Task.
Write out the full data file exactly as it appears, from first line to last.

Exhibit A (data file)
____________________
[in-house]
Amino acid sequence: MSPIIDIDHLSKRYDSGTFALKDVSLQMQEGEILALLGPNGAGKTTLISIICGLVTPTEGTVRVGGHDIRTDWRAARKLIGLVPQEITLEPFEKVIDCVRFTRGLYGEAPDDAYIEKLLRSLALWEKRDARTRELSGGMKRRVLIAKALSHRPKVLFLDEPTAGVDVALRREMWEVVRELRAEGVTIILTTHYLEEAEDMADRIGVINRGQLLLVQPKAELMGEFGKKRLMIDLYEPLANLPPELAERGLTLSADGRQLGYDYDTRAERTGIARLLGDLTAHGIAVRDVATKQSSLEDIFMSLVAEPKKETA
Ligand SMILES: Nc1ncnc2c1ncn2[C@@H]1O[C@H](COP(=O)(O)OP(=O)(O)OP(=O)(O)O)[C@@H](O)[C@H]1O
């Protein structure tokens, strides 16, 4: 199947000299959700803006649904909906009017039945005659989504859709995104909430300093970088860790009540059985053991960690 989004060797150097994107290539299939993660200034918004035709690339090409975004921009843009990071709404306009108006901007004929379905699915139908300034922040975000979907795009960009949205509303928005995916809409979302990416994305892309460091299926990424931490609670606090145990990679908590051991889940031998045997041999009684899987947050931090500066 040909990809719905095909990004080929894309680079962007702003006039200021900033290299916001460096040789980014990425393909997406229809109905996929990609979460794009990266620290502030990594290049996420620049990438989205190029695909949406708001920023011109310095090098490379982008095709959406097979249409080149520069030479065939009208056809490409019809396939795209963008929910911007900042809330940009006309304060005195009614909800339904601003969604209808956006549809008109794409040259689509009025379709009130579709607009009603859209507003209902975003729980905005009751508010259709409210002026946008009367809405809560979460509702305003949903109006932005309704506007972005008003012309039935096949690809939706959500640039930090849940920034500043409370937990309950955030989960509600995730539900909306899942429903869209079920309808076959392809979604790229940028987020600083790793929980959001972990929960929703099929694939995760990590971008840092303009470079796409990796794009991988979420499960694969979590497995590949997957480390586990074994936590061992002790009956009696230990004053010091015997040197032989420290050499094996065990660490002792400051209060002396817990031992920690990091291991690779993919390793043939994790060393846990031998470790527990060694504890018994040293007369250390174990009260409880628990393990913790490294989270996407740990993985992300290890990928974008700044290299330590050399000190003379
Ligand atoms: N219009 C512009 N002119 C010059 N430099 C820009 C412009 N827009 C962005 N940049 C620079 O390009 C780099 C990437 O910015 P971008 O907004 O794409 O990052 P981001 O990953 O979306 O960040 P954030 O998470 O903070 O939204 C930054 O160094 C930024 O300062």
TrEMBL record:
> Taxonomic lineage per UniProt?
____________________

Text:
[in-house]
Amino acid sequence: MSPIIDIDHLSKRYDSGTFALKDVSLQMQEGEILALLGPNGAGKTTLISIICGLVTPTEGTVRVGGHDIRTDWRAARKLIGLVPQEITLEPFEKVIDCVRFTRGLYGEAPDDAYIEKLLRSLALWEKRDARTRELSGGMKRRVLIAKALSHRPKVLFLDEPTAGVDVALRREMWEVVRELRAEGVTIILTTHYLEEAEDMADRIGVINRGQLLLVQPKAELMGEFGKKRLMIDLYEPLANLPPELAERGLTLSADGRQLGYDYDTRAERTGIARLLGDLTAHGIAVRDVATKQSSLEDIFMSLVAEPKKETA
Ligand SMILES: Nc1ncnc2c1ncn2[C@@H]1O[C@H](COP(=O)(O)OP(=O)(O)OP(=O)(O)O)[C@@H](O)[C@H]1O
């Protein structure tokens, strides 16, 4: 199947000299959700803006649904909906009017039945005659989504859709995104909430300093970088860790009540059985053991960690 989004060797150097994107290539299939993660200034918004035709690339090409975004921009843009990071709404306009108006901007004929379905699915139908300034922040975000979907795009960009949205509303928005995916809409979302990416994305892309460091299926990424931490609670606090145990990679908590051991889940031998045997041999009684899987947050931090500066 040909990809719905095909990004080929894309680079962007702003006039200021900033290299916001460096040789980014990425393909997406229809109905996929990609979460794009990266620290502030990594290049996420620049990438989205190029695909949406708001920023011109310095090098490379982008095709959406097979249409080149520069030479065939009208056809490409019809396939795209963008929910911007900042809330940009006309304060005195009614909800339904601003969604209808956006549809008109794409040259689509009025379709009130579709607009009603859209507003209902975003729980905005009751508010259709409210002026946008009367809405809560979460509702305003949903109006932005309704506007972005008003012309039935096949690809939706959500640039930090849940920034500043409370937990309950955030989960509600995730539900909306899942429903869209079920309808076959392809979604790229940028987020600083790793929980959001972990929960929703099929694939995760990590971008840092303009470079796409990796794009991988979420499960694969979590497995590949997957480390586990074994936590061992002790009956009696230990004053010091015997040197032989420290050499094996065990660490002792400051209060002396817990031992920690990091291991690779993919390793043939994790060393846990031998470790527990060694504890018994040293007369250390174990009260409880628990393990913790490294989270996407740990993985992300290890990928974008700044290299330590050399000190003379
Ligand atoms: N219009 C512009 N002119 C010059 N430099 C820009 C412009 N827009 C962005 N940049 C620079 O390009 C780099 C990437 O910015 P971008 O907004 O794409 O990052 P981001 O990953 O979306 O960040 P954030 O998470 O903070 O939204 C930054 O160094 C930024 O300062």
TrEMBL record:
> Taxonomic lineage per UniProt?